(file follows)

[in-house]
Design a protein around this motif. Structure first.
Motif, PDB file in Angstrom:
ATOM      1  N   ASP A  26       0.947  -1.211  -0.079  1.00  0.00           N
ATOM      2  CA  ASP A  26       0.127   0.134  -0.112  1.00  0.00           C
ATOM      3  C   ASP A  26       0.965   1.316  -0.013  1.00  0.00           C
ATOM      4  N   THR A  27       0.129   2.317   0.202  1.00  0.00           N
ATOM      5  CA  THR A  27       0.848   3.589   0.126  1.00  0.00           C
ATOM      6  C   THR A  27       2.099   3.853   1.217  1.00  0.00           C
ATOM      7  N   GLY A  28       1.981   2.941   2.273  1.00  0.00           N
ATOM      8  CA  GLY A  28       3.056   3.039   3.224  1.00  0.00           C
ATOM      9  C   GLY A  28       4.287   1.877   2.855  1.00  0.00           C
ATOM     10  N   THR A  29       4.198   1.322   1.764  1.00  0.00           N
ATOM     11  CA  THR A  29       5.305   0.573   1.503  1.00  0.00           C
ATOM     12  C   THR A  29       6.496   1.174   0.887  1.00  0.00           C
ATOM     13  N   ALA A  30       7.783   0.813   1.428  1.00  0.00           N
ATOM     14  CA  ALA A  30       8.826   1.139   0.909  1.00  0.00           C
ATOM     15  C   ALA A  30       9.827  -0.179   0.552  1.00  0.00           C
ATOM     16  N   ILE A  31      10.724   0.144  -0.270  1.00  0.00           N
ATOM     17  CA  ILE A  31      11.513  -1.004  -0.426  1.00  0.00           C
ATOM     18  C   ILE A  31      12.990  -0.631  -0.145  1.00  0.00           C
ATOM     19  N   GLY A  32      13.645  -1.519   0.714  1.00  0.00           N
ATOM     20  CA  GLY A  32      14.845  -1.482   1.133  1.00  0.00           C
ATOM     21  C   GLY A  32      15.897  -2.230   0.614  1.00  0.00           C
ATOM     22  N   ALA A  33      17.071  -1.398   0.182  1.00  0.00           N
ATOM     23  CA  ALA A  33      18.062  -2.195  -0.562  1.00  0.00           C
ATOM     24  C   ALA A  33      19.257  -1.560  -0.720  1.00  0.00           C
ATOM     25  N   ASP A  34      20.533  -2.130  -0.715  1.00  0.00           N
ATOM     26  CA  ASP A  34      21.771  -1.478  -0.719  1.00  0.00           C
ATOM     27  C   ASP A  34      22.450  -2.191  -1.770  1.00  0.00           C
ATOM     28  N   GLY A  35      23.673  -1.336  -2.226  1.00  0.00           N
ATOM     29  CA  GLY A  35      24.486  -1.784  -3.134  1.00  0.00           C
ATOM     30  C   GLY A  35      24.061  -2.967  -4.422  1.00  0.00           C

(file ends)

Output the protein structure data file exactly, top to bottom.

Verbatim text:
[in-house]
Design a protein around this motif. Structure first.
Motif, PDB file in Angstrom:
ATOM      1  N   ASP A  26       0.947  -1.211  -0.079  1.00  0.00           N
ATOM      2  CA  ASP A  26       0.127   0.134  -0.112  1.00  0.00           C
ATOM      3  C   ASP A  26       0.965   1.316  -0.013  1.00  0.00           C
ATOM      4  N   THR A  27       0.129   2.317   0.202  1.00  0.00           N
ATOM      5  CA  THR A  27       0.848   3.589   0.126  1.00  0.00           C
ATOM      6  C   THR A  27       2.099   3.853   1.217  1.00  0.00           C
ATOM      7  N   GLY A  28       1.981   2.941   2.273  1.00  0.00           N
ATOM      8  CA  GLY A  28       3.056   3.039   3.224  1.00  0.00           C
ATOM      9  C   GLY A  28       4.287   1.877   2.855  1.00  0.00           C
ATOM     10  N   THR A  29       4.198   1.322   1.764  1.00  0.00           N
ATOM     11  CA  THR A  29       5.305   0.573   1.503  1.00  0.00           C
ATOM     12  C   THR A  29       6.496   1.174   0.887  1.00  0.00           C
ATOM     13  N   ALA A  30       7.783   0.813   1.428  1.00  0.00           N
ATOM     14  CA  ALA A  30       8.826   1.139   0.909  1.00  0.00           C
ATOM     15  C   ALA A  30       9.827  -0.179   0.552  1.00  0.00           C
ATOM     16  N   ILE A  31      10.724   0.144  -0.270  1.00  0.00           N
ATOM     17  CA  ILE A  31      11.513  -1.004  -0.426  1.00  0.00           C
ATOM     18  C   ILE A  31      12.990  -0.631  -0.145  1.00  0.00           C
ATOM     19  N   GLY A  32      13.645  -1.519   0.714  1.00  0.00           N
ATOM     20  CA  GLY A  32      14.845  -1.482   1.133  1.00  0.00           C
ATOM     21  C   GLY A  32      15.897  -2.230   0.614  1.00  0.00           C
ATOM     22  N   ALA A  33      17.071  -1.398   0.182  1.00  0.00           N
ATOM     23  CA  ALA A  33      18.062  -2.195  -0.562  1.00  0.00           C
ATOM     24  C   ALA A  33      19.257  -1.560  -0.720  1.00  0.00           C
ATOM     25  N   ASP A  34      20.533  -2.130  -0.715  1.00  0.00           N
ATOM     26  CA  ASP A  34      21.771  -1.478  -0.719  1.00  0.00           C
ATOM     27  C   ASP A  34      22.450  -2.191  -1.770  1.00  0.00           C
ATOM     28  N   GLY A  35      23.673  -1.336  -2.226  1.00  0.00           N
ATOM     29  CA  GLY A  35      24.486  -1.784  -3.134  1.00  0.00           C
ATOM     30  C   GLY A  35      24.061  -2.967  -4.422  1.00  0.00           C